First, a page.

Egypt’s parliament approves troop deployment to Libya
Move comes as Libya gov't and Turkey demand an end of foreign intervention in support of commander Khalifa Haftar.
Egypt’s parliament authorised the deployment of troops outside the country on Monday after the president threatened military action against Turkish-backed forces in neighbouring Libya.
The parliament unanimously approved “the deployment of members of the Egyptian armed forces on combat missions outside Egypt’s borders to defend Egyptian national security … against criminal armed militias and foreign terrorist elements”, it said in a statement.
The deployment would be made on a “western front” – a likely reference to western neighbour Libya. The move could bring Egypt and Turkey – which support rival sides in Libya’s chaotic proxy war – into direct confrontation.
Egypt’s House of Representatives, packed with supporters of President Abdel Fattah el-Sisi, approved the plan after a closed-door session where deputies discussed “threats faced by the state” from the west, where Egypt shares a porous desert border with war-torn Libya.
Stephanie Williams, acting head of the UN support mission in Libya, on Monday called for an “immediate ceasefire … to spare the 125,000 civilians who remain in harm’s way and for an end to the blatant violations of the UN arms embargo”.
Her comments came following her meeting on Sunday with the president of neighbouring Algeria, Abdelmadjid Tebboune.
Turkey, meanwhile, demanded an “immediate” end to the support for rebel commander Khalifa Haftar in Libya after trilateral talks held in Ankara between Libyan, Turkish, and Maltese officials on Monday.
“It is essential that all kind of help and support given to putschist Haftar – which prohibits ensuring Libya’s peace, tranquillity, security, and territorial integrity – ends immediately,” Turkish Defence Minister Hulusi Akar said.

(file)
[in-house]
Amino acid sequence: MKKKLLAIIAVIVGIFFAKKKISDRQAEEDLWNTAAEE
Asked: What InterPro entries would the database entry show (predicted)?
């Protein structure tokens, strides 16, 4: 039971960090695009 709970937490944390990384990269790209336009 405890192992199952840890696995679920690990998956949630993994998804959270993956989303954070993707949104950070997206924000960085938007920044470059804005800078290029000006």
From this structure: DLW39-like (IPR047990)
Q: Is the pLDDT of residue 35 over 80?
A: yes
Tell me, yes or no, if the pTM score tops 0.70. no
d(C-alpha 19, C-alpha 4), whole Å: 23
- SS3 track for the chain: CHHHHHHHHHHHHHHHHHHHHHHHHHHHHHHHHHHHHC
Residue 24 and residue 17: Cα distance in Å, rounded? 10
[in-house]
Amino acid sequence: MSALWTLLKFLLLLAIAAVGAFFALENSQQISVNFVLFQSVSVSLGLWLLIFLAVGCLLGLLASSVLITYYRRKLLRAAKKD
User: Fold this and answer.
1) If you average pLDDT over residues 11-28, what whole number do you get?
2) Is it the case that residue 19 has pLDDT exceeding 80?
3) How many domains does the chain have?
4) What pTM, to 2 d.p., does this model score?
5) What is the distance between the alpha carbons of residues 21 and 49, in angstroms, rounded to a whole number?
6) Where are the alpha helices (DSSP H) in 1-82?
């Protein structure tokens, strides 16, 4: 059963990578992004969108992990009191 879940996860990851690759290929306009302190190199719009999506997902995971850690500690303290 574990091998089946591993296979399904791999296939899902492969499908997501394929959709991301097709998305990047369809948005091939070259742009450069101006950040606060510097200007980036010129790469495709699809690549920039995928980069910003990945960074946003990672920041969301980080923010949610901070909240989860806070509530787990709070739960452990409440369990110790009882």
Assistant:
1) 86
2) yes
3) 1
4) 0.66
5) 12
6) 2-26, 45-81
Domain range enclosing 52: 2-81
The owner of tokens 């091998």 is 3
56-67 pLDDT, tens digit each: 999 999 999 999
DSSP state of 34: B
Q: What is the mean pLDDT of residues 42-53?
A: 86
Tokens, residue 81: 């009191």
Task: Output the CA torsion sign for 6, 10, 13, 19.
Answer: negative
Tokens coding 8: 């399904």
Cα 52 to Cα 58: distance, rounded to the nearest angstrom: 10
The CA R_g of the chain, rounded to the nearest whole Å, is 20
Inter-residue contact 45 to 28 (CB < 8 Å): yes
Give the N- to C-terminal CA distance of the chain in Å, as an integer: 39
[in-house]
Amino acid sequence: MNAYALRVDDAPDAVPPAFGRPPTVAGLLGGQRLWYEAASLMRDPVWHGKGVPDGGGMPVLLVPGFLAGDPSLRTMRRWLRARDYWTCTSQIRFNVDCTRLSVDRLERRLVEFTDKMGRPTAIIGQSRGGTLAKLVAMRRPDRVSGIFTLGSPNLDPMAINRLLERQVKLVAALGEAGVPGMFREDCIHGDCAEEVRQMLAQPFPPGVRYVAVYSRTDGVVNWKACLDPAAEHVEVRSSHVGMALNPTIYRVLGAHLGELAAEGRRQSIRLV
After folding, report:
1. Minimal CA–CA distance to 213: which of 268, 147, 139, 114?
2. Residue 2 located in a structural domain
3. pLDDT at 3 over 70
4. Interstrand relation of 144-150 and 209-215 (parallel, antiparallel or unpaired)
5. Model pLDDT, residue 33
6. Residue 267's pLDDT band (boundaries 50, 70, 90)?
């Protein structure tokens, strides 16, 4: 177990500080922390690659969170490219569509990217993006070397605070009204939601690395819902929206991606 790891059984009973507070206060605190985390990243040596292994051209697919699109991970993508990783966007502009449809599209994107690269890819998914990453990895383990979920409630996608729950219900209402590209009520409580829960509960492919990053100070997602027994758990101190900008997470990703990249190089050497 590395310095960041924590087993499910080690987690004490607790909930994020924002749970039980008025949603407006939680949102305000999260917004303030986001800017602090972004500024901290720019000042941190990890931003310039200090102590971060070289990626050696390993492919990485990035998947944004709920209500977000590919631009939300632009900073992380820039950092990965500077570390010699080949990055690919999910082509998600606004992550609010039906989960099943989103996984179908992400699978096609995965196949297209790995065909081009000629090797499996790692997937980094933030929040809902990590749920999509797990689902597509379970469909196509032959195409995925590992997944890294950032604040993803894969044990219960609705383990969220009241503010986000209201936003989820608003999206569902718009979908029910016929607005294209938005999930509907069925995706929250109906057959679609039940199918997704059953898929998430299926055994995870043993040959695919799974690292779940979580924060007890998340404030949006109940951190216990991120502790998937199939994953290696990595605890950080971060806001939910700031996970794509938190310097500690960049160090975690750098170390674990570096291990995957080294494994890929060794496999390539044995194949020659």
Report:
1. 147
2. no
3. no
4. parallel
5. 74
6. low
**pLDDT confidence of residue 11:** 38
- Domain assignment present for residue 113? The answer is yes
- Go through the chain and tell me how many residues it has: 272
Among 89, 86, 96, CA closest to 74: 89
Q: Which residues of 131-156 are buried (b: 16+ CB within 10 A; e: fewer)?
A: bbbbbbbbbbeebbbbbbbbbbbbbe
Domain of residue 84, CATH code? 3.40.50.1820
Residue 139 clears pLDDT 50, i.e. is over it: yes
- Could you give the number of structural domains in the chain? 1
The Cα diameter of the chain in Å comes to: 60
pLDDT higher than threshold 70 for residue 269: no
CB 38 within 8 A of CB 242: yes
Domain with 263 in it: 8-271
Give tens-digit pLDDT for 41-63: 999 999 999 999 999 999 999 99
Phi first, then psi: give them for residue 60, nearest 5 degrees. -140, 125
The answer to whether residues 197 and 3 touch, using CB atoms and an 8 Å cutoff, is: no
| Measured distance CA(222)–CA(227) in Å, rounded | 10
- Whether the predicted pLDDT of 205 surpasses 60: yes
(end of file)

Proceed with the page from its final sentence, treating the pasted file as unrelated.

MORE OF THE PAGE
Haftar’s backers should “stop supporting an unrealistic and wrong project”, the UN-recognised Government of National Accord’s (GNA) Interior Minister Fathi Bashaga said.
Egypt, the United Arab Emirates, and Russia have been backing Haftar’s eastern-based forces in the conflict, while Turkey supports the GNA.
An Egyptian intervention would further destabilise oil-rich Libya.
Egypt’s president warned in June that any attack on Sirte or the inland al-Jufra airbase would prompt Cairo to intervene militarily, purportedly to protect its western border with Libya.
The GNA denounced Egypt’s threat of military intervention in the North African nation, labelling it a “declaration of war”.
Qatar’s state minister for defence affairs met on Monday with the Turkish defence minister and Libya’s minister of interior to discuss the latest developments in Libya, Qatar’s defence ministry said.
Sirte lies 800km (500 miles) from the Egyptian border with Libya’s most important crude export terminals in between.
Cairo sees the city as a “red line” and has called for talks between Libya’s rival factions. Ankara and the GNA have called on Haftar to withdraw from the city and negotiate a ceasefire.